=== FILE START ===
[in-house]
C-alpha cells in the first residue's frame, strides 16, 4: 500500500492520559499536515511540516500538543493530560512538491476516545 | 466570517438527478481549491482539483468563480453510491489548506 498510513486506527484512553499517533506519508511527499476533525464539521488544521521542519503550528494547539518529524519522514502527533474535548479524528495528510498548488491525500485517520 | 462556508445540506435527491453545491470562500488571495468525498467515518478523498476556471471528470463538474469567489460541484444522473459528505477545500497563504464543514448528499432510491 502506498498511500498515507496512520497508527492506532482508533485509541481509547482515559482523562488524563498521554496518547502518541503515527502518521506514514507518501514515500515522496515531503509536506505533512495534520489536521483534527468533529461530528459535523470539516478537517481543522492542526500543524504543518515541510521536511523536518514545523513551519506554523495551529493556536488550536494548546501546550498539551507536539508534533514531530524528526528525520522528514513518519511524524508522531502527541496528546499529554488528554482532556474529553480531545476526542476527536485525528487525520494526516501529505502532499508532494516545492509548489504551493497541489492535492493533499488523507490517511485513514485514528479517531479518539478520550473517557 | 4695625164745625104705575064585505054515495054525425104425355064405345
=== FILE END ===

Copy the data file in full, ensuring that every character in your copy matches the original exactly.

[in-house]
C-alpha cells in the first residue's frame, strides 16, 4: 500500500492520559499536515511540516500538543493530560512538491476516545 | 466570517438527478481549491482539483468563480453510491489548506 498510513486506527484512553499517533506519508511527499476533525464539521488544521521542519503550528494547539518529524519522514502527533474535548479524528495528510498548488491525500485517520 | 462556508445540506435527491453545491470562500488571495468525498467515518478523498476556471471528470463538474469567489460541484444522473459528505477545500497563504464543514448528499432510491 502506498498511500498515507496512520497508527492506532482508533485509541481509547482515559482523562488524563498521554496518547502518541503515527502518521506514514507518501514515500515522496515531503509536506505533512495534520489536521483534527468533529461530528459535523470539516478537517481543522492542526500543524504543518515541510521536511523536518514545523513551519506554523495551529493556536488550536494548546501546550498539551507536539508534533514531530524528526528525520522528514513518519511524524508522531502527541496528546499529554488528554482532556474529553480531545476526542476527536485525528487525520494526516501529505502532499508532494516545492509548489504551493497541489492535492493533499488523507490517511485513514485514528479517531479518539478520550473517557 | 4695625164745625104705575064585505054515495054525425104425355064405345